Postgraduate Course: Recent Advances in Production Animal Practice (VESC11112)
|School||Royal (Dick) School of Veterinary Studies
||College||College of Medicine and Veterinary Medicine
|Credit level (Normal year taken)||SCQF Level 11 (Postgraduate)
|Course type||Online Distance Learning
||Availability||Available to all students
|Summary||The course will review the principles, options and techniques that are applicable to the care of production animal species, at both the individual animal and herd/flock level.
The course will review aspects of anaesthesia, surgery and individual animal care. It will also review fertility as fundamental to production in farm animal species.
The course will include the important components, as well as highlighting projected developments in the field.
The course will review the principles, options and techniques that are applicable to the care of production animal species, at both the individual animal and herd/flock level. The course will review aspects of anaesthesia, surgery and individual animal care. It will also review fertility as fundamental to production in farm animal species. The course will include the important components, as well as highlighting projected developments in the field.
This five-week course is fully taught online through a mixture of recorded presentations, formative activities and asynchronous discussion. Live non-compulsory sessions may be scheduled depending on student group availability and time zones.
As a guide, each week students will spend approximately seven hours working through online materials including essential reading and up to three hours of online discussion and activity. A further ten hours may be spent on additional self-study and work on the assignment. As it is very difficult to measure time spent in any intellectual undertaking, the timings are only intended for guidance.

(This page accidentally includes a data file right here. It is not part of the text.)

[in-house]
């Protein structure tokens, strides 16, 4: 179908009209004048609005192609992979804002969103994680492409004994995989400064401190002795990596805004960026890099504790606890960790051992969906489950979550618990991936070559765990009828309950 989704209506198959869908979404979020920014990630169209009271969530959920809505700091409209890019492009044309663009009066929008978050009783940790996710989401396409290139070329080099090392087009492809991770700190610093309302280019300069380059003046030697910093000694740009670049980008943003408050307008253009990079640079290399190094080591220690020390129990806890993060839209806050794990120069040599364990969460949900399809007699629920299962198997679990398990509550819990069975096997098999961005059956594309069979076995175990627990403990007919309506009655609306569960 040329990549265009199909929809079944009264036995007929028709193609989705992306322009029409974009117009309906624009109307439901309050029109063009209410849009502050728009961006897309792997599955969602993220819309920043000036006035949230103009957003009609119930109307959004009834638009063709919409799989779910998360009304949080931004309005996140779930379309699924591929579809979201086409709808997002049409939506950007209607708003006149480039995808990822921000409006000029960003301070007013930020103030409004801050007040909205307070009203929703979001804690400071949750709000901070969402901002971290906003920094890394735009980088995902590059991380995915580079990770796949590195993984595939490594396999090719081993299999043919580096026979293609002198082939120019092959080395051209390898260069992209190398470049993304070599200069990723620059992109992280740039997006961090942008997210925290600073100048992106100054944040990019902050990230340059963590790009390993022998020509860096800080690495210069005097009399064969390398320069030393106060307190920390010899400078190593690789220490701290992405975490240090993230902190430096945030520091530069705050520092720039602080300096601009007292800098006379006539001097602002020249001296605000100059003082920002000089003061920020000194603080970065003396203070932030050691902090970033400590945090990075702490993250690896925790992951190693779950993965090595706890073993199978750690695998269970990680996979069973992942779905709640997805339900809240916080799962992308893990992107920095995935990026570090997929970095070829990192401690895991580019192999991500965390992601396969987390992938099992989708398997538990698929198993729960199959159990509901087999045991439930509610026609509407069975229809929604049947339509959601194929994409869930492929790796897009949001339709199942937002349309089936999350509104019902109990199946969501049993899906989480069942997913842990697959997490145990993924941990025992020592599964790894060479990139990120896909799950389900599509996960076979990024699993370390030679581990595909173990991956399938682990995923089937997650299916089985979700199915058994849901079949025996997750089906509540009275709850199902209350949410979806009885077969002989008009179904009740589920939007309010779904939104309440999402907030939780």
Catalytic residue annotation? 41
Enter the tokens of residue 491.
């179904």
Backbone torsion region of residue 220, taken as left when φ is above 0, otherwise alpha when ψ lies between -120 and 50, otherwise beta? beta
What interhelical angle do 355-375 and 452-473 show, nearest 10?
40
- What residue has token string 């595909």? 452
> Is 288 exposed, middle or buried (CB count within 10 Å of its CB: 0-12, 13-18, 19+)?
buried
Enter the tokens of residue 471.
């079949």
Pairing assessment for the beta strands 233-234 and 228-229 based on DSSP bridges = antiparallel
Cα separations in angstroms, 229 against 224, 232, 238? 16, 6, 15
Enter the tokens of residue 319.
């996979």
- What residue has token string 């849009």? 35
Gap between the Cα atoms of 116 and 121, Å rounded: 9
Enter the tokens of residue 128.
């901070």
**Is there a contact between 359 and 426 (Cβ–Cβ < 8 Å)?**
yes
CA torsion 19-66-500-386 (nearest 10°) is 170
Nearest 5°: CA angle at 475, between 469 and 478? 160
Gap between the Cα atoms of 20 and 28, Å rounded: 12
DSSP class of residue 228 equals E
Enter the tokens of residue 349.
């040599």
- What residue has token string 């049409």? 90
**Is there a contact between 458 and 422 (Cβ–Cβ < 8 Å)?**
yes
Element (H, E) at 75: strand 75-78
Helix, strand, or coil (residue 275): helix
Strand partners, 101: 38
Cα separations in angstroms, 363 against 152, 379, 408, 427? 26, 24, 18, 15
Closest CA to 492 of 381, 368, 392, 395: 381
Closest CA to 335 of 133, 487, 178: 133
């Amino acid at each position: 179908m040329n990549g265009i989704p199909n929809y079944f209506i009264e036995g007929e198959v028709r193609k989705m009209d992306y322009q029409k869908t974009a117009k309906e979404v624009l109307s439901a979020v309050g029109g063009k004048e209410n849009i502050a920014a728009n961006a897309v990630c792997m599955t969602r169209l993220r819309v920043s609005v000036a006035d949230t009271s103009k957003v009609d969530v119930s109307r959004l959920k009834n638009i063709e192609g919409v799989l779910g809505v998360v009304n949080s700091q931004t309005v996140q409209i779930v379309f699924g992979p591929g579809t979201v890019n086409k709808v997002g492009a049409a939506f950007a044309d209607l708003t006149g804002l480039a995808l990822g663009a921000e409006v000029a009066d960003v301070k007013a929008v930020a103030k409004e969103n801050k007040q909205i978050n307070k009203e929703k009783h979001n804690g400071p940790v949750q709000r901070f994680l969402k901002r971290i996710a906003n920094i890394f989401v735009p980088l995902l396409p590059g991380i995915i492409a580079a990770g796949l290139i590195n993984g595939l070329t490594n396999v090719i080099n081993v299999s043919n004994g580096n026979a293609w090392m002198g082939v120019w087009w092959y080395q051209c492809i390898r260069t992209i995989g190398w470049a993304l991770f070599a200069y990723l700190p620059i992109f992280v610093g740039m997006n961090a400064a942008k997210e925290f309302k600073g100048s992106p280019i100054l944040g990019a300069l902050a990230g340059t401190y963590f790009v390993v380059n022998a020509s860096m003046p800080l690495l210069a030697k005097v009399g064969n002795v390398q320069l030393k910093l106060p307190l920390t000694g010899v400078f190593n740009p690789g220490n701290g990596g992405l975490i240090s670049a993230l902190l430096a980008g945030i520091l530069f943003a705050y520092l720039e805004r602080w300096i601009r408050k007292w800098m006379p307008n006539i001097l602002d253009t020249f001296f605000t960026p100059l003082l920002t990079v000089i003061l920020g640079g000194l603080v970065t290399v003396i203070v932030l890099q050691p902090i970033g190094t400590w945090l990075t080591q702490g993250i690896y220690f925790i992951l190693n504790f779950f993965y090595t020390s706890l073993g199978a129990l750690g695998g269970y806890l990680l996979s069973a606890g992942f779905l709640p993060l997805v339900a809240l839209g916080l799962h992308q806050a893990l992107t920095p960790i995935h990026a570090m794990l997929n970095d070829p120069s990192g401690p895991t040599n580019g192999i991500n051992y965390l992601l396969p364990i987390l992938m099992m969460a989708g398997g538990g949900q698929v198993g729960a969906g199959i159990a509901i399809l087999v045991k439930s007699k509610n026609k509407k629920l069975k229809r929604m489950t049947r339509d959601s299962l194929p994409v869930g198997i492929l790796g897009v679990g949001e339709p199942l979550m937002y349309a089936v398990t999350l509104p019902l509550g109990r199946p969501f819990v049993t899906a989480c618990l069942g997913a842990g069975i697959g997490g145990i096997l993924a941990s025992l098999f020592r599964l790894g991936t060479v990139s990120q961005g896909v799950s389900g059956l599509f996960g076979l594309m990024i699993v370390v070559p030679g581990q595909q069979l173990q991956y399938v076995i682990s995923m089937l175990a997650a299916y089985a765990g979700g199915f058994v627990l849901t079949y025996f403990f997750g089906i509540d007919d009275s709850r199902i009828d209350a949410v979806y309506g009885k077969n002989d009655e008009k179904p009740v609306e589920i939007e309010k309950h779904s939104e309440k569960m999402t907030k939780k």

Entry Requirements (not applicable to Visiting Students)
||Other requirements|| None
Information for Visiting Students
|High Demand Course?
Course Delivery Information
|Academic year 2022/23, Available to all students (SV1)
|Course Start Date
|Learning and Teaching activities (Further Info)
Programme Level Learning and Teaching Hours 2,
Directed Learning and Independent Learning Hours
|Assessment (Further Info)
|Additional Information (Assessment)
||This course may be assessed using a mixture of the following:
Case report of 1500 words focusing on practice experience
Critical review of a key paper (1500 words)
Open book MCQs on key topics within the course
EITHER: learning diary comprising a minimum of five posts (250 words each) critically reflecting on the student's learning development through the course.
OR: case log providing broad overview of 25 cases seen in this area in the last year. A case log template will be provided.
||All assignments will be marked and feedback provided within a period of 15 working days following submission (excluding holidays periods whereby the University of closed, e.g. over the Christmas period).
Opportunities for informal feedback arise within the course discussion boards and live sessions as well as through email discussions. Formal feedback and feedforward will be provided on coursework assignments and on formative activities.
|No Exam Information
On completion of this course, the student will be able to:
- Apply pathophysiological knowledge, epidemiological principles and evidence-based approaches (including selection of appropriate diagnostic procedures) to the evaluation and management of individual clinical cases and population problems in a chosen area of production animal veterinary practice.
- Apply therapeutic and surgical principles, including anaesthesia and sedation, to the management of clinical and population health problems in a chosen area of production animal veterinary practice.
- Describe use of diagnostic imaging in their practice premises and (where applicable) in the field, including quality control procedures in place that allow for the safe production of diagnostic images